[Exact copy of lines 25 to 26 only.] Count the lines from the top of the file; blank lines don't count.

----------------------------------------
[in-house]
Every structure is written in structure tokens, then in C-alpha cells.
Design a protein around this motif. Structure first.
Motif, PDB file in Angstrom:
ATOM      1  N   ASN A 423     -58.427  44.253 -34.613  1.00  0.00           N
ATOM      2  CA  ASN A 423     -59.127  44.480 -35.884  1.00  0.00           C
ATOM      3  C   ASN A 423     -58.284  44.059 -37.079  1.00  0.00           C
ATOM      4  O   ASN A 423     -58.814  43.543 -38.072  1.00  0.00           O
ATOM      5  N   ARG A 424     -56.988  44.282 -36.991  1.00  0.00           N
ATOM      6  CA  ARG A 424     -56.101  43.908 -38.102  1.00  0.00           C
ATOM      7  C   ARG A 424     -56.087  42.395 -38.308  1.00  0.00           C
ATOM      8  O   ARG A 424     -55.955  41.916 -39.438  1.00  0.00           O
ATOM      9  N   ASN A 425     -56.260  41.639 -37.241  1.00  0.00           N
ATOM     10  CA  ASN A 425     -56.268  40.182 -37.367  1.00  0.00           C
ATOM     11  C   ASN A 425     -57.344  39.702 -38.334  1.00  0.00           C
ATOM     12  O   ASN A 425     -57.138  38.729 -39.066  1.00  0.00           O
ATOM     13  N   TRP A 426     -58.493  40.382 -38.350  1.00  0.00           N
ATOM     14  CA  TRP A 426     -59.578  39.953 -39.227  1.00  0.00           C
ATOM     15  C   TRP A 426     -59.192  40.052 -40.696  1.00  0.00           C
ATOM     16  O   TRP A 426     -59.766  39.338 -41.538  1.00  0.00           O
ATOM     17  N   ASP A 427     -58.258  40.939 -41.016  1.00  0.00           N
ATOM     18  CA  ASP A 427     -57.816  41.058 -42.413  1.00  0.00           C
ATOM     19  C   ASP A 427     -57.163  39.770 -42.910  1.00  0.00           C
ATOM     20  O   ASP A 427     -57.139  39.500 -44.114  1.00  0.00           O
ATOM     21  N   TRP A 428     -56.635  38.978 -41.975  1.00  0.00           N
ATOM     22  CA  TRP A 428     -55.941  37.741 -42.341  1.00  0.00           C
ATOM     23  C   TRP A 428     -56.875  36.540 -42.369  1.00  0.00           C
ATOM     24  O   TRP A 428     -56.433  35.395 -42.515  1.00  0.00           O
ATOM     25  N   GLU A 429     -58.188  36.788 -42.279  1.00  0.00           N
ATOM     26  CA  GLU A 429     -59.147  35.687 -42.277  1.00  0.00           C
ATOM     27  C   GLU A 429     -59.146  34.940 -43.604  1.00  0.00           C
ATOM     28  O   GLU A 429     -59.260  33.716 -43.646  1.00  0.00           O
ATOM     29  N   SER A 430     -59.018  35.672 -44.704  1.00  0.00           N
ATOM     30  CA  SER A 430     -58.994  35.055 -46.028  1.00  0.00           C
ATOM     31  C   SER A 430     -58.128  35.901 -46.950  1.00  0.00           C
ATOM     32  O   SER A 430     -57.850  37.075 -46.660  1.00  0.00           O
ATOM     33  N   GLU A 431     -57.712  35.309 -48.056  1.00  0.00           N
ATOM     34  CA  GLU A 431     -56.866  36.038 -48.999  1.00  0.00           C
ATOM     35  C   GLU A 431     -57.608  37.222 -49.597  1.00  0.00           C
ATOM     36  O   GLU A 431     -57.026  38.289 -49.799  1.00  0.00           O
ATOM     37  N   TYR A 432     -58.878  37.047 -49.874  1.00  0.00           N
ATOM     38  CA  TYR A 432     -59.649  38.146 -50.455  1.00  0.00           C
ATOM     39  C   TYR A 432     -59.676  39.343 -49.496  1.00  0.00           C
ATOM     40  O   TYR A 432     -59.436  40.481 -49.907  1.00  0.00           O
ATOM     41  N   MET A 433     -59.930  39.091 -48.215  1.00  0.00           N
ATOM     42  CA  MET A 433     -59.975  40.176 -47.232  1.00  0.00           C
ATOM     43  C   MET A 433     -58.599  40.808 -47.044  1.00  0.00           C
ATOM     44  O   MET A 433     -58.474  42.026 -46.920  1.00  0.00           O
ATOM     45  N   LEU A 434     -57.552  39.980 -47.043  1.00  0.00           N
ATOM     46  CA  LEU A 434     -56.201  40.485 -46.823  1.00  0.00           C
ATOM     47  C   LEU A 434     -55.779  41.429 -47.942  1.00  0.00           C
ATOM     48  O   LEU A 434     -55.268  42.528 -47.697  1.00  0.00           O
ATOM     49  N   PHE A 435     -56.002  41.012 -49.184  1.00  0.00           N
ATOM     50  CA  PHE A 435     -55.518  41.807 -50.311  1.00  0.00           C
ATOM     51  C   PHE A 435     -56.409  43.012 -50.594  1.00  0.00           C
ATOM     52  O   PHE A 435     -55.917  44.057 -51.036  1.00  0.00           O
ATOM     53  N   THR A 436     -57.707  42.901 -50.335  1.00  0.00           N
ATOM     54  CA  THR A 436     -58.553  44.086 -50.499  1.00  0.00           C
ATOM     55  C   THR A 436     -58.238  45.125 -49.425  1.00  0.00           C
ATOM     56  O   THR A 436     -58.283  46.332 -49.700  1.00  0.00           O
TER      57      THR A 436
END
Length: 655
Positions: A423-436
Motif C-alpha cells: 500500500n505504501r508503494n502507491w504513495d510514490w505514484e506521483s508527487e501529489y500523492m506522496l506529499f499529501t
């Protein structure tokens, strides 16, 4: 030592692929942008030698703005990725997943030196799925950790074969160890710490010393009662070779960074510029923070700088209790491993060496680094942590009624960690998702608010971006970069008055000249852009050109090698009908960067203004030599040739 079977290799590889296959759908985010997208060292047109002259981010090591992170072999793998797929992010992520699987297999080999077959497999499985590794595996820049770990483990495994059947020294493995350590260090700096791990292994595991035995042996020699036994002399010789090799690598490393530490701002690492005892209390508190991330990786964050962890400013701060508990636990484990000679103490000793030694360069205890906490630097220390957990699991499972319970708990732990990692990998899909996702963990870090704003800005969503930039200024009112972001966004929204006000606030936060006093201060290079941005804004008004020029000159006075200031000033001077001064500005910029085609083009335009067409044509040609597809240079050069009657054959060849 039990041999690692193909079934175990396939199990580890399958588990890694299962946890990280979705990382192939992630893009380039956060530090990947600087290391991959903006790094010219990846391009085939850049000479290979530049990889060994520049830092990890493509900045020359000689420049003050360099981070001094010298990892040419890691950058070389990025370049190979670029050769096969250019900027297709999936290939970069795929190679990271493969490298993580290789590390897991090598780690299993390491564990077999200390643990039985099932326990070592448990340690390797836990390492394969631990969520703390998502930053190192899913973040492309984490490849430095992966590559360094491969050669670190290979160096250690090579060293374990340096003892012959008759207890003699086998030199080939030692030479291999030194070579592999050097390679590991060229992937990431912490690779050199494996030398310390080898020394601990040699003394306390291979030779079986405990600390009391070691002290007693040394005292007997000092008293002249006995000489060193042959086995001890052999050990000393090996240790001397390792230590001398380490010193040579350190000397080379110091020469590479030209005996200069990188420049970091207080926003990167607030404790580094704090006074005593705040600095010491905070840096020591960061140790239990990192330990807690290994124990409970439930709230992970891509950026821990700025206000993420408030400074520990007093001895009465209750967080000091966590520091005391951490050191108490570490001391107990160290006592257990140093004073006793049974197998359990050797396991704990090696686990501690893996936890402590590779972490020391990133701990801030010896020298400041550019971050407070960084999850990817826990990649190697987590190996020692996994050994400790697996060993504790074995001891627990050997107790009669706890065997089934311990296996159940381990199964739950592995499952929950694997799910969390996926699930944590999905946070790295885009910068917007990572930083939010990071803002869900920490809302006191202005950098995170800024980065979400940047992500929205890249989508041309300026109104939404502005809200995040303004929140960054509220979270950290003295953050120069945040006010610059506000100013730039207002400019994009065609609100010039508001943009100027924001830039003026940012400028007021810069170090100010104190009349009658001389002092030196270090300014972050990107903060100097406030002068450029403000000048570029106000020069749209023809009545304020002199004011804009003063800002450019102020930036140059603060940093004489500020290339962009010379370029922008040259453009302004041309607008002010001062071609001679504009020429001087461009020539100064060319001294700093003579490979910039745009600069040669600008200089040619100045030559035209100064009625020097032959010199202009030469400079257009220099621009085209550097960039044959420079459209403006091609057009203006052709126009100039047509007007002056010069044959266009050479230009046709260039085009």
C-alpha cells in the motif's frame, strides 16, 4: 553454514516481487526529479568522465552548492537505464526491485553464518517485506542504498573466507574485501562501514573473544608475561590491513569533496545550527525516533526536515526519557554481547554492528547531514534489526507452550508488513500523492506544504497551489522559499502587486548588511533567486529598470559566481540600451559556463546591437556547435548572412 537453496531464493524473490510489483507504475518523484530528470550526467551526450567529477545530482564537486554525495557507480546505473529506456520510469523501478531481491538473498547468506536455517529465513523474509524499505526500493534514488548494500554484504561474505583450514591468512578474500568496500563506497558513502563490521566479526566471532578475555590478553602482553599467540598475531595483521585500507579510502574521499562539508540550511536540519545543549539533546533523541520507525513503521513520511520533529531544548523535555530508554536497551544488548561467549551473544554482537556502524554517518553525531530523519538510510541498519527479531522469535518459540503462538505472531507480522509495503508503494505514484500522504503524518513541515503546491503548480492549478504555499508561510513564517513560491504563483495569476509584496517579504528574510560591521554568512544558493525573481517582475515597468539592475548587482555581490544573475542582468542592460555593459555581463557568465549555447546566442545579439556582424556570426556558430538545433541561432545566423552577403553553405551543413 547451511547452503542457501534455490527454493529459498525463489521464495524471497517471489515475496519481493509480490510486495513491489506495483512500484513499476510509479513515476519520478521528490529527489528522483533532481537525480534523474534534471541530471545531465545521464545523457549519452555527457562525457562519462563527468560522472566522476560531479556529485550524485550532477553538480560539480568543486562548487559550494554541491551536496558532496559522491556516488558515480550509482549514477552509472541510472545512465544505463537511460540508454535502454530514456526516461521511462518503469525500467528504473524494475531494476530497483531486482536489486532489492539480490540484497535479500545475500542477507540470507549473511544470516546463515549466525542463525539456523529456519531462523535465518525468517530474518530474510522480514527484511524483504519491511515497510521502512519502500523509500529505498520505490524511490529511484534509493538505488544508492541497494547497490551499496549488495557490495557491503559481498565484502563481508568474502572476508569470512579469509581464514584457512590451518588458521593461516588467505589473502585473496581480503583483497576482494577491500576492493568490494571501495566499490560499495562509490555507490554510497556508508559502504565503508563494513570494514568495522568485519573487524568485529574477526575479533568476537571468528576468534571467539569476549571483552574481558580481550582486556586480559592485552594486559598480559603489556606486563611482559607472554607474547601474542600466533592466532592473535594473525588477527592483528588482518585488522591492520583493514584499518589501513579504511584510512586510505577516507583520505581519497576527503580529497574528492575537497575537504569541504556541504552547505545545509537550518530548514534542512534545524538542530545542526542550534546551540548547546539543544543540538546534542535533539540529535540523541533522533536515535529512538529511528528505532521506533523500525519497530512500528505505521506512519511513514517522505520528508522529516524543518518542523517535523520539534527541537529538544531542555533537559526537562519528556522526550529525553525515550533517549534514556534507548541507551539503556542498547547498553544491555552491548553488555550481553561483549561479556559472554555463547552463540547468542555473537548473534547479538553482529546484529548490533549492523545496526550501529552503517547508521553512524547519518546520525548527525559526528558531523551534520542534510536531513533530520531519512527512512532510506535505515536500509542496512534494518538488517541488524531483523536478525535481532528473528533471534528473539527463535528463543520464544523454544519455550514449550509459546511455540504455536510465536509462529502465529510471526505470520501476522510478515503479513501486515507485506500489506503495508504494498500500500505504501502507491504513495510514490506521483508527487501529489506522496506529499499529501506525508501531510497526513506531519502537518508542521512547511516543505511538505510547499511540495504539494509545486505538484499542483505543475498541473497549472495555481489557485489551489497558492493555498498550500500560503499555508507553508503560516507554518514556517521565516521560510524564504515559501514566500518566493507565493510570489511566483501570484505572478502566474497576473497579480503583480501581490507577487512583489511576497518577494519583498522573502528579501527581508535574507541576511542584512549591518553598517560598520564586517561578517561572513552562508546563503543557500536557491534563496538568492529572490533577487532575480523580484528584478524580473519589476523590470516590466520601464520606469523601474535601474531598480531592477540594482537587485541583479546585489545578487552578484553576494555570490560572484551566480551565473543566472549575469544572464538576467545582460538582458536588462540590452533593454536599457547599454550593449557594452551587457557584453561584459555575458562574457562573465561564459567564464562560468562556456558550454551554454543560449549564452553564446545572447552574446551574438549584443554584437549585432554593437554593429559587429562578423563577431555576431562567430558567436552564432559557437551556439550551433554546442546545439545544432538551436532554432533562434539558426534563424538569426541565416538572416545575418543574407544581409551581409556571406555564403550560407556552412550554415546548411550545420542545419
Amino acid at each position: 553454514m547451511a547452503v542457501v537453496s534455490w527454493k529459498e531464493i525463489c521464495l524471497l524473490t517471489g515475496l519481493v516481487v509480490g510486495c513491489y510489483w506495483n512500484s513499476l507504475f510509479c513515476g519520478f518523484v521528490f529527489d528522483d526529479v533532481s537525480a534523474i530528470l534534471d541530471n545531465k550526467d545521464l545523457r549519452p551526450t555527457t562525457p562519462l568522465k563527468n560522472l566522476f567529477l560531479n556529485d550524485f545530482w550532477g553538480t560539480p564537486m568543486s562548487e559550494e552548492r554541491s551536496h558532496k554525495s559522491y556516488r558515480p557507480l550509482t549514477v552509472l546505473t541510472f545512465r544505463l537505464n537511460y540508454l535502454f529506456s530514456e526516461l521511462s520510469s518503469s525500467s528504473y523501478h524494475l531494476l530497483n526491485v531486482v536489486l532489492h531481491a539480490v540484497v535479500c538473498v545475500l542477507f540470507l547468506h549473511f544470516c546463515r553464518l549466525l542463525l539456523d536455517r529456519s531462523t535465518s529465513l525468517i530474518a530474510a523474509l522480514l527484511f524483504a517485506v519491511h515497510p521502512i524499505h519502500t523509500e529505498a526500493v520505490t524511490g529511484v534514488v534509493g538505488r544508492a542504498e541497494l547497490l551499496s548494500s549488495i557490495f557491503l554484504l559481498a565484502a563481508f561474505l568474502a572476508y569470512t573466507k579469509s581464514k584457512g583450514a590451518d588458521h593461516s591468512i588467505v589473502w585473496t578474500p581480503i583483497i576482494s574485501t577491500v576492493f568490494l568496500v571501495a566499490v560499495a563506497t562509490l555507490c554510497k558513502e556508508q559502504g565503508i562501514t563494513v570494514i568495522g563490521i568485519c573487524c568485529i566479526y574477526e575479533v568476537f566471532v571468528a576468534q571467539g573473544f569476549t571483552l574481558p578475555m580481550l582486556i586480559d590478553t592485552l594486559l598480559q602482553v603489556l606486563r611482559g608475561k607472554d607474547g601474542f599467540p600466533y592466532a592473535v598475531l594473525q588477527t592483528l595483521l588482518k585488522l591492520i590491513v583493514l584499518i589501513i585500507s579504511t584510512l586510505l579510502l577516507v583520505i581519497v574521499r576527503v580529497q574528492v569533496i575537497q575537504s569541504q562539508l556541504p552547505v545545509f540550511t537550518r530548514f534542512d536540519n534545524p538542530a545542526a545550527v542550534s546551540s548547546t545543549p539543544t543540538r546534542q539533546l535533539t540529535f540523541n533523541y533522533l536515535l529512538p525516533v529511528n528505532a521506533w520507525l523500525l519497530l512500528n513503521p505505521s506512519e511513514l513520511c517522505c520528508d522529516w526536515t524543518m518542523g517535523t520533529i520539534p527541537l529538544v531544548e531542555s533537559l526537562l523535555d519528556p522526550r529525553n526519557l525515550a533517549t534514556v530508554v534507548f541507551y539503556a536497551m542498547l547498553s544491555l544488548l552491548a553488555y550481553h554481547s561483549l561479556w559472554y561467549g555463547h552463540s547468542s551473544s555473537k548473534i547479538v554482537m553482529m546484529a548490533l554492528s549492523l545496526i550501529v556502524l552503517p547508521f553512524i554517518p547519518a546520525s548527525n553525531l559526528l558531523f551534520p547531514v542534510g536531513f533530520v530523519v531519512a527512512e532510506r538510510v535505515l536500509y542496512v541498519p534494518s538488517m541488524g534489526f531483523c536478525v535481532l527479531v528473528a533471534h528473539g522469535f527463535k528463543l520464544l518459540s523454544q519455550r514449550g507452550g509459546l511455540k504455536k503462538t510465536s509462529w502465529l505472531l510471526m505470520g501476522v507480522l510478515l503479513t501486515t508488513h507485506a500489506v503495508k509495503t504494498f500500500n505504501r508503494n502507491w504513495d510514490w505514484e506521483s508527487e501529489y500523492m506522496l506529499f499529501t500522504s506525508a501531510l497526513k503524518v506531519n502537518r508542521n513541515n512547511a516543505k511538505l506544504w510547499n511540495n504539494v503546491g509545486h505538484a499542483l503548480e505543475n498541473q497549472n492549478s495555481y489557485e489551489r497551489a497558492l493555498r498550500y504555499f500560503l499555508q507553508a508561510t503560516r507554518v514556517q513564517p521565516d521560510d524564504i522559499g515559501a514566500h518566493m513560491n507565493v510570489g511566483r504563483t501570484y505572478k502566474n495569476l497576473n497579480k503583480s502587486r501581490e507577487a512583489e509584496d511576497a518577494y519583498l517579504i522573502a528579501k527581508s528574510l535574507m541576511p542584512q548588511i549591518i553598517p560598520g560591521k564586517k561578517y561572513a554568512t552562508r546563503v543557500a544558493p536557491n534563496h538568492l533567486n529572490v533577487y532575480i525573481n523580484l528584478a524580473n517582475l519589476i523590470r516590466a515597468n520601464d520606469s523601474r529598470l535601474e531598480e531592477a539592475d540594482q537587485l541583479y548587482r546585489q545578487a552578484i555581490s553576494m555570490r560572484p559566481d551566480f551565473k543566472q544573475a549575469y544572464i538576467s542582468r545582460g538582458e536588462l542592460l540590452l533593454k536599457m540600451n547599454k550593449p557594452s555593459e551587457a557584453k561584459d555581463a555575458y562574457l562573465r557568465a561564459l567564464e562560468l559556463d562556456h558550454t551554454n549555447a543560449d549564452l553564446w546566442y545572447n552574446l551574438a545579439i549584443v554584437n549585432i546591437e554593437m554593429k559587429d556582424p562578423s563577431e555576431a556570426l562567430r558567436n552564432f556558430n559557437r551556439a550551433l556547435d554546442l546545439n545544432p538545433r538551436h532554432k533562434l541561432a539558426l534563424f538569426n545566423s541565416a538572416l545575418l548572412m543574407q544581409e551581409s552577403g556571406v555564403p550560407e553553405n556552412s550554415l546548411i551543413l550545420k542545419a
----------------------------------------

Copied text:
ATOM     21  N   TRP A 428     -56.635  38.978 -41.975  1.00  0.00           N
ATOM     22  CA  TRP A 428     -55.941  37.741 -42.341  1.00  0.00           C